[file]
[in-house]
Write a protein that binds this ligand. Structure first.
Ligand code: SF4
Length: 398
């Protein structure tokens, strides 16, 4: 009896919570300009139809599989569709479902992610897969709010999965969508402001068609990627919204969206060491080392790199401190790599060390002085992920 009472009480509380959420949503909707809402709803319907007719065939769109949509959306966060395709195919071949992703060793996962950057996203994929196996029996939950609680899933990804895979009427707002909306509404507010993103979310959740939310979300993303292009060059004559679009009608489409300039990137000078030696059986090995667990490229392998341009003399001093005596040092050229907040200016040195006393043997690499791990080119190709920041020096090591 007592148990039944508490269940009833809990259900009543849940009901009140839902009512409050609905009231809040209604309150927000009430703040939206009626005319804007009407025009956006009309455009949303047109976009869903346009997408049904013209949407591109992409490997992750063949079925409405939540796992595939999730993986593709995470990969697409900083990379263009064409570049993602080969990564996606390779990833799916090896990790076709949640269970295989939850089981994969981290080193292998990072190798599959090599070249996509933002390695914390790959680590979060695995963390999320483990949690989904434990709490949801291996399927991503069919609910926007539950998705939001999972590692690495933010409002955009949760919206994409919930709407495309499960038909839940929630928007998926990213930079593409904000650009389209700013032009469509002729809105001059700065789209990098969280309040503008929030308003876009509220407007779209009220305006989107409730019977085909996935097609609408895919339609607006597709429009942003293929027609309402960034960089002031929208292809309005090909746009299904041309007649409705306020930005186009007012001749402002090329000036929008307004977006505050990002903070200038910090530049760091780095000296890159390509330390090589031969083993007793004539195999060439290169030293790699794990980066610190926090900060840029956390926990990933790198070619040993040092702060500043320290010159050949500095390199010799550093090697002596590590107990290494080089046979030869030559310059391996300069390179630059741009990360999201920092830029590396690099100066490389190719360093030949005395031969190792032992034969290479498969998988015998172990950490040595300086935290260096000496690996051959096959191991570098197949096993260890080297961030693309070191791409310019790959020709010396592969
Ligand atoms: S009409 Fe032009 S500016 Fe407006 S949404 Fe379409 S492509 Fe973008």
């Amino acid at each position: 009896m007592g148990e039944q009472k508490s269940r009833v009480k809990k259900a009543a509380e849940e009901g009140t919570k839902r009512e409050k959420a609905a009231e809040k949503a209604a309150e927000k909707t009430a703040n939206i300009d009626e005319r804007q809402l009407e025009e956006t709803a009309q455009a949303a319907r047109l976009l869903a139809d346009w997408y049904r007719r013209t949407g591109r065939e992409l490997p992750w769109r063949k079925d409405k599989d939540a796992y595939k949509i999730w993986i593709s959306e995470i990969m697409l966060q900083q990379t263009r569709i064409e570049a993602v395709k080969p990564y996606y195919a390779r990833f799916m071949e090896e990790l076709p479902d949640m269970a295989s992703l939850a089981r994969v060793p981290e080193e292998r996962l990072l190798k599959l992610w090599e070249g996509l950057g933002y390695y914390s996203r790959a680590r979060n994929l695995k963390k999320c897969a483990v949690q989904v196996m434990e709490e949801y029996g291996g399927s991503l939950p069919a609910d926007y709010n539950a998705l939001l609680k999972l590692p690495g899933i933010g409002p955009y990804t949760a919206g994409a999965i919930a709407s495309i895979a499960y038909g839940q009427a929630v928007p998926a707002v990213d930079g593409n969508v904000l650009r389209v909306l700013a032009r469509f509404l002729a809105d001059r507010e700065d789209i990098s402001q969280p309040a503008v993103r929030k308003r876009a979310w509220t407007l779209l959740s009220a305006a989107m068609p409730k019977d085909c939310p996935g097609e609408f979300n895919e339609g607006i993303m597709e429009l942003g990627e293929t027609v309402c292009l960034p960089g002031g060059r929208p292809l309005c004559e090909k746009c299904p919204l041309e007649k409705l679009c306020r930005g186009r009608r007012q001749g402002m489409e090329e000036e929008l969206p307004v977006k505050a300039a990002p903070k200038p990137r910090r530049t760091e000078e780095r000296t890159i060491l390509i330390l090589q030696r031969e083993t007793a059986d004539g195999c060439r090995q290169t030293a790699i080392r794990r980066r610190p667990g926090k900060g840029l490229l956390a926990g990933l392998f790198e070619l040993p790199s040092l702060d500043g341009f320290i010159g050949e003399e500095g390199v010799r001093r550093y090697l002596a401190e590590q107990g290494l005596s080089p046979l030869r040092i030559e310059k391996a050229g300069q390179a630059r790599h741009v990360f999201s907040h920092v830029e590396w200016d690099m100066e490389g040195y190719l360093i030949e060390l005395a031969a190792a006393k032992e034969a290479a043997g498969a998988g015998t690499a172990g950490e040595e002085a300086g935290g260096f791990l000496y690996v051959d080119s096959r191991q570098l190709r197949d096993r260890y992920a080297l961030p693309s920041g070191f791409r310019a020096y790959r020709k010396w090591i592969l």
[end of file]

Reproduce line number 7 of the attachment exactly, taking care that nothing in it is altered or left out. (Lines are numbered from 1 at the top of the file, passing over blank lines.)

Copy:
């Amino acid at each position: 009896m007592g148990e039944q009472k508490s269940r009833v009480k809990k259900a009543a509380e849940e009901g009140t919570k839902r009512e409050k959420a609905a009231e809040k949503a209604a309150e927000k909707t009430a703040n939206i300009d009626e005319r804007q809402l009407e025009e956006t709803a009309q455009a949303a319907r047109l976009l869903a139809d346009w997408y049904r007719r013209t949407g591109r065939e992409l490997p992750w769109r063949k079925d409405k599989d939540a796992y595939k949509i999730w993986i593709s959306e995470i990969m697409l966060q900083q990379t263009r569709i064409e570049a993602v395709k080969p990564y996606y195919a390779r990833f799916m071949e090896e990790l076709p479902d949640m269970a295989s992703l939850a089981r994969v060793p981290e080193e292998r996962l990072l190798k599959l992610w090599e070249g996509l950057g933002y390695y914390s996203r790959a680590r979060n994929l695995k963390k999320c897969a483990v949690q989904v196996m434990e709490e949801y029996g291996g399927s991503l939950p069919a609910d926007y709010n539950a998705l939001l609680k999972l590692p690495g899933i933010g409002p955009y990804t949760a919206g994409a999965i919930a709407s495309i895979a499960y038909g839940q009427a929630v928007p998926a707002v990213d930079g593409n969508v904000l650009r389209v909306l700013a032009r469509f509404l002729a809105d001059r507010e700065d789209i990098s402001q969280p309040a503008v993103r929030k308003r876009a979310w509220t407007l779209l959740s009220a305006a989107m068609p409730k019977d085909c939310p996935g097609e609408f979300n895919e339609g607006i993303m597709e429009l942003g990627e293929t027609v309402c292009l960034p960089g002031g060059r929208p292809l309005c004559e090909k746009c299904p919204l041309e007649k409705l679009c306020r930005g186009r009608r007012q001749g402002m489409e090329e000036e929008l969206p307004v977006k505050a300039a990002p903070k200038p990137r910090r530049t760091e000078e780095r000296t890159i060491l390509i330390l090589q030696r031969e083993t007793a059986d004539g195999c060439r090995q290169t030293a790699i080392r794990r980066r610190p667990g926090k900060g840029l490229l956390a926990g990933l392998f790198e070619l040993p790199s040092l702060d500043g341009f320290i010159g050949e003399e500095g390199v010799r001093r550093y090697l002596a401190e590590q107990g290494l005596s080089p046979l030869r040092i030559e310059k391996a050229g300069q390179a630059r790599h741009v990360f999201s907040h920092v830029e590396w200016d690099m100066e490389g040195y190719l360093i030949e060390l005395a031969a190792a006393k032992e034969a290479a043997g498969a998988g015998t690499a172990g950490e040595e002085a300086g935290g260096f791990l000496y690996v051959d080119s096959r191991q570098l190709r197949d096993r260890y992920a080297l961030p693309s920041g070191f791409r310019a020096y790959r020709k010396w090591i592969l």